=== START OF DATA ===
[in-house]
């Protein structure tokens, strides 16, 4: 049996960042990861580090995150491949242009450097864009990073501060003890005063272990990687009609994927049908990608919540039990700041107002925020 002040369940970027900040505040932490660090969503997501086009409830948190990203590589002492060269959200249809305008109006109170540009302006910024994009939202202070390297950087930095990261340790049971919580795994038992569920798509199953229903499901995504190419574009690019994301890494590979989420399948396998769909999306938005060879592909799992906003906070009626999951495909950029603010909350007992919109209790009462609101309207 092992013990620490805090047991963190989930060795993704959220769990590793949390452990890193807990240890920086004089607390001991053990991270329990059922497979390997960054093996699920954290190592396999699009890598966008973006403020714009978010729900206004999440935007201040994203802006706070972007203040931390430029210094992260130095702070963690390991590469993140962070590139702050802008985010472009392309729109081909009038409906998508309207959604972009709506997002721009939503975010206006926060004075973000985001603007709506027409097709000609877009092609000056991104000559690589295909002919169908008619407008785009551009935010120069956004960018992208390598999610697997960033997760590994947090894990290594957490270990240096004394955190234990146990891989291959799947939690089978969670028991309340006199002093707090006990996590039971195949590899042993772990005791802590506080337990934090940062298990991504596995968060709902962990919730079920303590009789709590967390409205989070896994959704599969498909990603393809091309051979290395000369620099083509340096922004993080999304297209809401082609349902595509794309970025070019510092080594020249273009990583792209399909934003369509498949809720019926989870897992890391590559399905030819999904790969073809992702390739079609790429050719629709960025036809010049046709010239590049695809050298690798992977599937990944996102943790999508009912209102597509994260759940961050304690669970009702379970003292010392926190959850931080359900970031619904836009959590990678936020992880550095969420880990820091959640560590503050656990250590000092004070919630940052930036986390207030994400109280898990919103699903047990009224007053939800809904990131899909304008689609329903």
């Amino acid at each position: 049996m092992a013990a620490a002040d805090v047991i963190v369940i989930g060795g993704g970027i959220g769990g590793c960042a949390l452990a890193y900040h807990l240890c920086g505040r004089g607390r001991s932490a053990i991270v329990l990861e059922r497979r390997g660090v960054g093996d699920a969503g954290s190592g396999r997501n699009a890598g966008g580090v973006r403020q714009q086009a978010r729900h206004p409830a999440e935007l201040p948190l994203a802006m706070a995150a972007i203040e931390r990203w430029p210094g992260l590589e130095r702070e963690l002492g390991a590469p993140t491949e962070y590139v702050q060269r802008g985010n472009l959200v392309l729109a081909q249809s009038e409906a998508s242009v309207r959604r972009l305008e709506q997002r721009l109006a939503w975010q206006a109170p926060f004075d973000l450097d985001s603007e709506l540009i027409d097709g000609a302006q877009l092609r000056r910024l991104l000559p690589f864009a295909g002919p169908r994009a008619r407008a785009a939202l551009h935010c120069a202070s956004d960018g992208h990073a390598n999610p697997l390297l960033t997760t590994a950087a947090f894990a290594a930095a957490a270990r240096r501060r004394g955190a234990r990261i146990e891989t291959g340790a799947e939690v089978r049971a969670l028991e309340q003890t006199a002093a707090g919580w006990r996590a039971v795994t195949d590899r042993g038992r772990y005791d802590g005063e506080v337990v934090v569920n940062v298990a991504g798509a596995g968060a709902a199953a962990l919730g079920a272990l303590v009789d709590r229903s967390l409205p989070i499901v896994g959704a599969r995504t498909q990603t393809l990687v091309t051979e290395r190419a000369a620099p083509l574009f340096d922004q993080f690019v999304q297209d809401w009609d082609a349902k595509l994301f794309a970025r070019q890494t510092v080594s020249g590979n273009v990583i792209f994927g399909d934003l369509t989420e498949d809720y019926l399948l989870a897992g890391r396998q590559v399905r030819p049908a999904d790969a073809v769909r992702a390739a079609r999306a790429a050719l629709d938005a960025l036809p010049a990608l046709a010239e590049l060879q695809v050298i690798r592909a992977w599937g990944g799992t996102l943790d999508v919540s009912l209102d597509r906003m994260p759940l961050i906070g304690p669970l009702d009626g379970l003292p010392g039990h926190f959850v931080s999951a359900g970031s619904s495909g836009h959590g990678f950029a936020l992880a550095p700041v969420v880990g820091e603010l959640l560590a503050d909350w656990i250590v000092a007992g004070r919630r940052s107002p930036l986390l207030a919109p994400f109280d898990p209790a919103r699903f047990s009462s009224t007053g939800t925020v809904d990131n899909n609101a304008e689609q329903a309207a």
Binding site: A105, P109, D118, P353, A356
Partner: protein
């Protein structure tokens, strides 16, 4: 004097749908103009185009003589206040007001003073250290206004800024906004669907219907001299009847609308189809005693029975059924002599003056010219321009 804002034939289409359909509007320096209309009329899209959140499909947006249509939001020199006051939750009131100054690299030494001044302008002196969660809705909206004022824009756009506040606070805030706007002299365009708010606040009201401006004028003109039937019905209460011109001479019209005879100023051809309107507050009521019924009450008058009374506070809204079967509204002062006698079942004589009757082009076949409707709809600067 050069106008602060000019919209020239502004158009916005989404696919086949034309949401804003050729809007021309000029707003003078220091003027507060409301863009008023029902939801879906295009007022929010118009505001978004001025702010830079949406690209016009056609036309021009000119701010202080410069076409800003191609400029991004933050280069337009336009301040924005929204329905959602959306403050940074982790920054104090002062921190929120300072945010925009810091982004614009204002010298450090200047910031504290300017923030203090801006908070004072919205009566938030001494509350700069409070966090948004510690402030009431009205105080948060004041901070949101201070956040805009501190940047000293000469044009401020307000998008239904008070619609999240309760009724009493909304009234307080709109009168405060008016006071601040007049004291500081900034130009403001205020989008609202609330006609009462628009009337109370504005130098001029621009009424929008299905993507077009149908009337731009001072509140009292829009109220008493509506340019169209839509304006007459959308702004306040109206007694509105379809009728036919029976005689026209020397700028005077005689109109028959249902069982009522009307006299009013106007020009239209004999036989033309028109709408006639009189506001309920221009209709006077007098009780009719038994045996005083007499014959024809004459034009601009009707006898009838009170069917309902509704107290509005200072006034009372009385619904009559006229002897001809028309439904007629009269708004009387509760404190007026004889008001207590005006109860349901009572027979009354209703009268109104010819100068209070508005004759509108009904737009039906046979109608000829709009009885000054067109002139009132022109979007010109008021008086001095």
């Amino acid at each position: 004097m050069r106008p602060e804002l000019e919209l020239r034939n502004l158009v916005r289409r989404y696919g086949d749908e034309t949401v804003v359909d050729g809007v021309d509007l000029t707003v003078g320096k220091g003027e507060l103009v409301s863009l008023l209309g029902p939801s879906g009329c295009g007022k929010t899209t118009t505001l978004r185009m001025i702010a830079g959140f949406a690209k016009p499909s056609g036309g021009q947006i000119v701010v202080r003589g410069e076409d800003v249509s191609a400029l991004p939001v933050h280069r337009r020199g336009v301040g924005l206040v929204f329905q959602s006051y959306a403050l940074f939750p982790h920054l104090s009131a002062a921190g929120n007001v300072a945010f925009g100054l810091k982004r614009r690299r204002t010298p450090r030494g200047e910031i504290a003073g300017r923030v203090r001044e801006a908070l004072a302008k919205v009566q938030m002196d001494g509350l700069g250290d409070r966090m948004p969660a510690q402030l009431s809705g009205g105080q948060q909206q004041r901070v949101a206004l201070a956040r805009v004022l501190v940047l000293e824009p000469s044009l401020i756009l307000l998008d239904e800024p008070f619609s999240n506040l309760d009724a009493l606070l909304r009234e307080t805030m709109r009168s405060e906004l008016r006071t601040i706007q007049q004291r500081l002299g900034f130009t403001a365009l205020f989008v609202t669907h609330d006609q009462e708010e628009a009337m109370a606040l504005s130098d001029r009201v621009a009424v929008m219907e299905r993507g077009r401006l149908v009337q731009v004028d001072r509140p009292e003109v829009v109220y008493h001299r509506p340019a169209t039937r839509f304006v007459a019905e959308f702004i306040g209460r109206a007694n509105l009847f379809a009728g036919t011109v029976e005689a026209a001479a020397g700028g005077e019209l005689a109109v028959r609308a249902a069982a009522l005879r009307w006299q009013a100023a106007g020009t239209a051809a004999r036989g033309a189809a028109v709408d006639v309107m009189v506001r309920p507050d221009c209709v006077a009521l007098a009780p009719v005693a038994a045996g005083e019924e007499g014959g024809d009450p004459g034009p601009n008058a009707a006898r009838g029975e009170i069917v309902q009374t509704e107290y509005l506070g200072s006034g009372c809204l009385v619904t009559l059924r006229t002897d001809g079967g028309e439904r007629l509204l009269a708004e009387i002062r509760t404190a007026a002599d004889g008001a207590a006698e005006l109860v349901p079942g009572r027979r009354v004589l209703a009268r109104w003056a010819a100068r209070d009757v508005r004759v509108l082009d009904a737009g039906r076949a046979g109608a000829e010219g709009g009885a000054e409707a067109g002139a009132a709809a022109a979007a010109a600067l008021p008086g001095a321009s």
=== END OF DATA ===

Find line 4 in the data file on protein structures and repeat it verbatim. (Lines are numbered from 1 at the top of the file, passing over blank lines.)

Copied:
Binding site: A105, P109, D118, P353, A356